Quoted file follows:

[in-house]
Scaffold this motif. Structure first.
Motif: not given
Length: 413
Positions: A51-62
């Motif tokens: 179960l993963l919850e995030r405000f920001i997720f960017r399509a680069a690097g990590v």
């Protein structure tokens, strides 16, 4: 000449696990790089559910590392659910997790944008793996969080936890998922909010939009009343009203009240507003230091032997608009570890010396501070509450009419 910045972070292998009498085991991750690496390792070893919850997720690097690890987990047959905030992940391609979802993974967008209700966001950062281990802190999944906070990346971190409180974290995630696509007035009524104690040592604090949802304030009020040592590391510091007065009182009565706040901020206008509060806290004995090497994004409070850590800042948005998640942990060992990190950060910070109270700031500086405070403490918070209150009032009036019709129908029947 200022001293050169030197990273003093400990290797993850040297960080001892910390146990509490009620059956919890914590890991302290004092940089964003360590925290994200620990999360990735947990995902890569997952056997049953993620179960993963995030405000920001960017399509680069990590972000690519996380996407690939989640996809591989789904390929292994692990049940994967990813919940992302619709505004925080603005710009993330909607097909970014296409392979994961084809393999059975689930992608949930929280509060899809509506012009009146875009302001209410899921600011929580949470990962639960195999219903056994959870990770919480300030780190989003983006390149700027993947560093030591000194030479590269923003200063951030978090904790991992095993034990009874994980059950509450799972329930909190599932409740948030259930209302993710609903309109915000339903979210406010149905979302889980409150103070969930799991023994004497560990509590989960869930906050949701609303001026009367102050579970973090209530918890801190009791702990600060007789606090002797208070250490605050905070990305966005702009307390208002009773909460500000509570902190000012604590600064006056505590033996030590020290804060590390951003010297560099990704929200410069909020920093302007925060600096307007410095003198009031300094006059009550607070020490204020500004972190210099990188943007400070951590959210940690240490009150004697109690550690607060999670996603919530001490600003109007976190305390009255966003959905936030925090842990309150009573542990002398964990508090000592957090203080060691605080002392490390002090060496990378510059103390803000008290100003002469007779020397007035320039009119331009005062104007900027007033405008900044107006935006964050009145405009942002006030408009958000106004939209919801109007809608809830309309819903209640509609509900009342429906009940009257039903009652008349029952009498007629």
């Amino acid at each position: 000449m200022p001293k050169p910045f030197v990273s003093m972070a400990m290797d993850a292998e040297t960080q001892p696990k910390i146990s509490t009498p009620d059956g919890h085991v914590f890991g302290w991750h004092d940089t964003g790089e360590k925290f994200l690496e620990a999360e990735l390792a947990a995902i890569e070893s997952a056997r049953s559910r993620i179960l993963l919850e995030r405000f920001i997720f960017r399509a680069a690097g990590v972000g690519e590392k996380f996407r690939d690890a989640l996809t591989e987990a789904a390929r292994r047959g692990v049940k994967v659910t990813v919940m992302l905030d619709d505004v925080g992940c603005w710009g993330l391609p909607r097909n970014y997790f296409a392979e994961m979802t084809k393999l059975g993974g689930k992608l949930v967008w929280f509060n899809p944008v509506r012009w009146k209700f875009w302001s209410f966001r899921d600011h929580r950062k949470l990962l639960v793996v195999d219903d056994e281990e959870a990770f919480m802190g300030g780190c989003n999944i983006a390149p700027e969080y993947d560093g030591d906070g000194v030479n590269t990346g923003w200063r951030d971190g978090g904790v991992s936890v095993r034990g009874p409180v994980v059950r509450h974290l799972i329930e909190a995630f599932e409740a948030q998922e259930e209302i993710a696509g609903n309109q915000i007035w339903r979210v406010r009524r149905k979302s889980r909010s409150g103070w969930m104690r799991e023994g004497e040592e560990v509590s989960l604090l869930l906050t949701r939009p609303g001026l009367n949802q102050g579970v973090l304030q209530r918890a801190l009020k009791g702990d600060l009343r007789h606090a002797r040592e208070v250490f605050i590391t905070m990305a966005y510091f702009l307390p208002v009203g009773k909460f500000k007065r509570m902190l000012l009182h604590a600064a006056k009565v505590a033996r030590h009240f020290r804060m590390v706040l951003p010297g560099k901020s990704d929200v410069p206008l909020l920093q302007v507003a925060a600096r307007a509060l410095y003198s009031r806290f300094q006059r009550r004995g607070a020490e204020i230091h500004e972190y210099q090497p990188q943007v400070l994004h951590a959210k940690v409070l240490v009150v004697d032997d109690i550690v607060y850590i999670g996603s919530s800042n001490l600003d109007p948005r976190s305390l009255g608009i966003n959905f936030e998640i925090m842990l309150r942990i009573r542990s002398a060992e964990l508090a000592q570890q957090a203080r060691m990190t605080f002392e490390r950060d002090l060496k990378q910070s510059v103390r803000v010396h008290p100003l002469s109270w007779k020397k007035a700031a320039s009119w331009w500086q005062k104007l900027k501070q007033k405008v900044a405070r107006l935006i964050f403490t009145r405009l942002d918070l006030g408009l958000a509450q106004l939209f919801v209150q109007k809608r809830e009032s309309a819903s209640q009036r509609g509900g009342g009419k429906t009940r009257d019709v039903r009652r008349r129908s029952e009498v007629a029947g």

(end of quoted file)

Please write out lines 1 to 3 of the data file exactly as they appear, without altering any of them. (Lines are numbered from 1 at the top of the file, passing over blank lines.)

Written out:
[in-house]
Scaffold this motif. Structure first.
Motif: not given